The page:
10 Unique & Free Keyword Research Tools You Didn’t Know You Needed

When it comes to SEO, keyword research is an important foundational step.

It’s easy enough to dismiss keyword research in favor of the more generalized “write great content” strategy.

The fallacy with this approach is that “great content” doesn’t differentiate between people at different stages of the buyer’s journey.

Keywords do.

You need to know what people search for and how they search.

For example, one of the initial stages in the buyer’s journey involves seeking information. People type queries into a search engine that may include phrases such as [how to], [ways to], and [guide].

The specific use of keywords changes the closer a person gets to buying (or converting).

For example, keywords that include [where to buy], [discount], and [sale] indicate a searcher who’s no longer in the consideration stage – they’re ready to buy now.

Because it comes from the world’s largest search engine, the Google Ads Keyword Planner tool tends to be the first one people think of for doing keyword research.

However, Google limits the amount of useful keyword data it gives away. It isn’t specific enough to take strategic action.

Furthermore, this keyword data is in many ways irrelevant for ranking in relevant organic search – it refers specifically to paid ads data.

Luckily, there are several other great keyword research tools available on the market — some free, and some paid.

In this list, you’ll find some of the most unique and free keyword research tool alternatives out there.

1. TagCrowd

Analyzing your competitors’ content is an important part of doing proper keyword research.

While there are tools like Semrush and Ahrefs that make this process easy, these popular options come with a hefty price tag for even the lowest cost plans at roughly $100/month.

Not everyone – especially those whose primary job doesn’t revolve around SEO – can justify this expense. If you’re not already using any of these tools and are looking for a free alternative, consider TagCrowd.

The premise behind TagCrowd is simple; it allows you to visualize word frequency by creating word/text/tag clouds.

Being able to see a competitor’s most frequent keywords for a given page can help you understand their keyword strategy – no expensive tools required.

TagCrowd is fairly straightforward to use. There are multiple ways to add and analyze content:

  • Upload a file.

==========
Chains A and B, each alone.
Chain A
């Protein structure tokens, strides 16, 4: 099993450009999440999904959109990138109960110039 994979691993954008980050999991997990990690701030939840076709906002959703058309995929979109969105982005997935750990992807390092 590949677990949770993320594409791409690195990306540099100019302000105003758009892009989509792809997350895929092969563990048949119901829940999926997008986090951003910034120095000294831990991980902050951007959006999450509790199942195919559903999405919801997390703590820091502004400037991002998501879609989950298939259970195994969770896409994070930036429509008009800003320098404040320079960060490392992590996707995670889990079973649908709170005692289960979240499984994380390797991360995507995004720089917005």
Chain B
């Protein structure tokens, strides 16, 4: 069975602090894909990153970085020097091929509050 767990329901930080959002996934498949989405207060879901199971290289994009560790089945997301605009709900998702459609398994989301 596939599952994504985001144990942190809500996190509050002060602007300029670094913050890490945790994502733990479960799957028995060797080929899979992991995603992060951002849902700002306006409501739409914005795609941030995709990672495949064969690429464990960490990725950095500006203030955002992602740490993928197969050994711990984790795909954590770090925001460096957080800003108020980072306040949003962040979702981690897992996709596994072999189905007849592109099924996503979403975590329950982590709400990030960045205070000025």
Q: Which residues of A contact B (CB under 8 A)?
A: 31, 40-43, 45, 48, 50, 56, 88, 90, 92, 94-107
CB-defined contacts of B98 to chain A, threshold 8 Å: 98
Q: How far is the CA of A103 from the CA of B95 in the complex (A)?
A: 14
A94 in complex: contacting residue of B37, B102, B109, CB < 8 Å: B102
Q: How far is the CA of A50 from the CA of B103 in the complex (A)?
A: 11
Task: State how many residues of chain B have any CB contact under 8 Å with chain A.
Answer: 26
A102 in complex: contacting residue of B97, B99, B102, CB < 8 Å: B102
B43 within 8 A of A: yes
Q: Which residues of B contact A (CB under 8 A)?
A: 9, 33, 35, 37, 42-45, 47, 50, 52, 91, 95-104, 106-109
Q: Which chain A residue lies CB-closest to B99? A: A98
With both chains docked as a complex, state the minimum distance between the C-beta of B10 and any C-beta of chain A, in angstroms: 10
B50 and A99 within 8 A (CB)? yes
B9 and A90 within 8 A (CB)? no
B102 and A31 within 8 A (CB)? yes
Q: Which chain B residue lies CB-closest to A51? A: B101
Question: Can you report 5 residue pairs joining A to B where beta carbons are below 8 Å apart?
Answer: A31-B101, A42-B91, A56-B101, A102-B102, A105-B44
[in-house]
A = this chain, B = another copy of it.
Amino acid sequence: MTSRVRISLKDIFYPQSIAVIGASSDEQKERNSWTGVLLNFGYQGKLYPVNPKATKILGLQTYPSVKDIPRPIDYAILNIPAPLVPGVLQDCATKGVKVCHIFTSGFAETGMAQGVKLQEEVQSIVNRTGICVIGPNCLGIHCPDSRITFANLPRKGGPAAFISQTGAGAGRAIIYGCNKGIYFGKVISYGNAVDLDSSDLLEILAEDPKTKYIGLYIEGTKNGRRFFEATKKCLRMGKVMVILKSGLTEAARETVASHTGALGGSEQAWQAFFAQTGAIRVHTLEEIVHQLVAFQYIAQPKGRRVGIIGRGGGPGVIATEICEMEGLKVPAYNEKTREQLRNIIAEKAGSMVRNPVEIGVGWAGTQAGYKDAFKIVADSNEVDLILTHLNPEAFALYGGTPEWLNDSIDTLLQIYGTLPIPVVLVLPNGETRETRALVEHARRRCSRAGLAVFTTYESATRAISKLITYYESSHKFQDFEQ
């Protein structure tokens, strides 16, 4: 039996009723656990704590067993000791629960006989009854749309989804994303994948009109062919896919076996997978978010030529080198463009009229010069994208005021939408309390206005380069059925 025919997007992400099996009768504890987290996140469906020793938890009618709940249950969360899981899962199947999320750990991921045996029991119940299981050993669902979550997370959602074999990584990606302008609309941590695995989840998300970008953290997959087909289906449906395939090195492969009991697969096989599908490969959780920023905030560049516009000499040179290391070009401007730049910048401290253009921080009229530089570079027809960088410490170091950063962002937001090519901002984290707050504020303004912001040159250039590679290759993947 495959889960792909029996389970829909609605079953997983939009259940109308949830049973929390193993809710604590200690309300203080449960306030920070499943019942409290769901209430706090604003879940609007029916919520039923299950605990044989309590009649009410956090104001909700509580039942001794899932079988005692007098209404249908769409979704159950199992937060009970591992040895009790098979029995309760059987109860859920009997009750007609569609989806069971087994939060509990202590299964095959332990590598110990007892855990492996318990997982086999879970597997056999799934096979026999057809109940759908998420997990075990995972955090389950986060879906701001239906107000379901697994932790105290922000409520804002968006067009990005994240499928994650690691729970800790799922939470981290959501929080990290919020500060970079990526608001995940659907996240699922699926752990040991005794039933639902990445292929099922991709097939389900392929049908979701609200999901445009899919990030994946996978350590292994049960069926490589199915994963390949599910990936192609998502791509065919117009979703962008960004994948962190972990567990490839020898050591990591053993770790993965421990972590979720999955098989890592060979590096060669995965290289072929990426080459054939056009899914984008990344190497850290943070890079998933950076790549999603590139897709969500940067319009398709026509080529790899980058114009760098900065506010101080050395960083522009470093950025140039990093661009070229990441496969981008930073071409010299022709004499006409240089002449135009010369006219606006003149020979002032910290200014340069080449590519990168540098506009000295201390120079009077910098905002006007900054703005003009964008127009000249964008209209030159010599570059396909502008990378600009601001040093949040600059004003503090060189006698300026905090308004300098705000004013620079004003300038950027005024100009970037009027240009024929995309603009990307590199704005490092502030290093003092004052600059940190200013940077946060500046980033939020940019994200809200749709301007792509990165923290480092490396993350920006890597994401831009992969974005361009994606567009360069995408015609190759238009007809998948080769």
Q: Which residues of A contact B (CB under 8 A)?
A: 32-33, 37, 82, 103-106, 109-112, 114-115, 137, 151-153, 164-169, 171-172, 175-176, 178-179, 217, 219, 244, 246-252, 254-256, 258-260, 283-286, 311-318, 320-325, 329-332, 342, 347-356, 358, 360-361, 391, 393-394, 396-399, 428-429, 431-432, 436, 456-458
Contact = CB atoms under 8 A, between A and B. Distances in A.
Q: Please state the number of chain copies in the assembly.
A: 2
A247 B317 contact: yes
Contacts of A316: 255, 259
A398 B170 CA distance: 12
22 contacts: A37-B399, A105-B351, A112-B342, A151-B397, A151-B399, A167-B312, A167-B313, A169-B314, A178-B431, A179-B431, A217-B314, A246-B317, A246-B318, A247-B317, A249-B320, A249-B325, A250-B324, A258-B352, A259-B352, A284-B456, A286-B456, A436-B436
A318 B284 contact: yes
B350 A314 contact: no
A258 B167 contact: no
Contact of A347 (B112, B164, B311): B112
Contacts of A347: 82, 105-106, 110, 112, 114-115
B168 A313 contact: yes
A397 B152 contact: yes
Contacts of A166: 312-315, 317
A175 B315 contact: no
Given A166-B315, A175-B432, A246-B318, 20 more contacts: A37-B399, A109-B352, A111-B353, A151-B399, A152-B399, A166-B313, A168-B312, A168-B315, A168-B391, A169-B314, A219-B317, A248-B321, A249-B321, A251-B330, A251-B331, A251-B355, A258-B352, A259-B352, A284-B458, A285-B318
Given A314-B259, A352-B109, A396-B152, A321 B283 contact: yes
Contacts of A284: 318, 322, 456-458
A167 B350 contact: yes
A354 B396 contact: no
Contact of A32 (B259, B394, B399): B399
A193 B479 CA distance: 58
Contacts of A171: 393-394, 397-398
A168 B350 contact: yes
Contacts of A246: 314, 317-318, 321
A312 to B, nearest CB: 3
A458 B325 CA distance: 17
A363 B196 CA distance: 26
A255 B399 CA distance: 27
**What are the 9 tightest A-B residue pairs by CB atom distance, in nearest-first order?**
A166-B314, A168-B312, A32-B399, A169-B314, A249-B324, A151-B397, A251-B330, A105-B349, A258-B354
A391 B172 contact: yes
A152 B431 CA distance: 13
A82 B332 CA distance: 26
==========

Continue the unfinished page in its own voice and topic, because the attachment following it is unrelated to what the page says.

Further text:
• Paste the webpage URL.
  • Or paste the page text.

2. Keywords Everywhere

Keywords Everywhere is a free browser add-on for Chrome and Firefox that collates data from over 15 of the most popular keyword tools including Ubersuggest, Answer the Public, Google Search, Google Analytics, and Search Console (among others).

When you enter a search query into Google, Keywords Everywhere shows you some basic but useful information, including Google keyword search volume and cost per click data.

Keywords Everywhere collates data from multiple sources, making it easy for you to access the most relevant data and download to PDF, Excel, or CSV file formats.

3. Merchant Words

If you own an Amazon store, Merchant Words is the perfect keyword research tool for you.

Merchant Words collects data from over 1 billion actual Amazon searches around the world. All of their keyword data comes directly from shopper searches in the Amazon search bar.

It calculates volume using a proprietary algorithm that takes into account site-wide Amazon traffic, search ranking, and current and historical search trends.

You can test out Merchant Words for free with a limited amount of keywords.

The paid version starts at $29/month (for U.S. data only) and is $149/month if you cater to a global audience.

The pricing includes unlimited searches and CSV downloads, as well as 24/7 customer service support.

4. PinterestKeywordTool

At first glance, this tool looks kind of spammy.

And to be fair, PinterestKeywordTool doesn’t provide a lot of useful keyword data – especially in terms of search volume or ranking difficulty.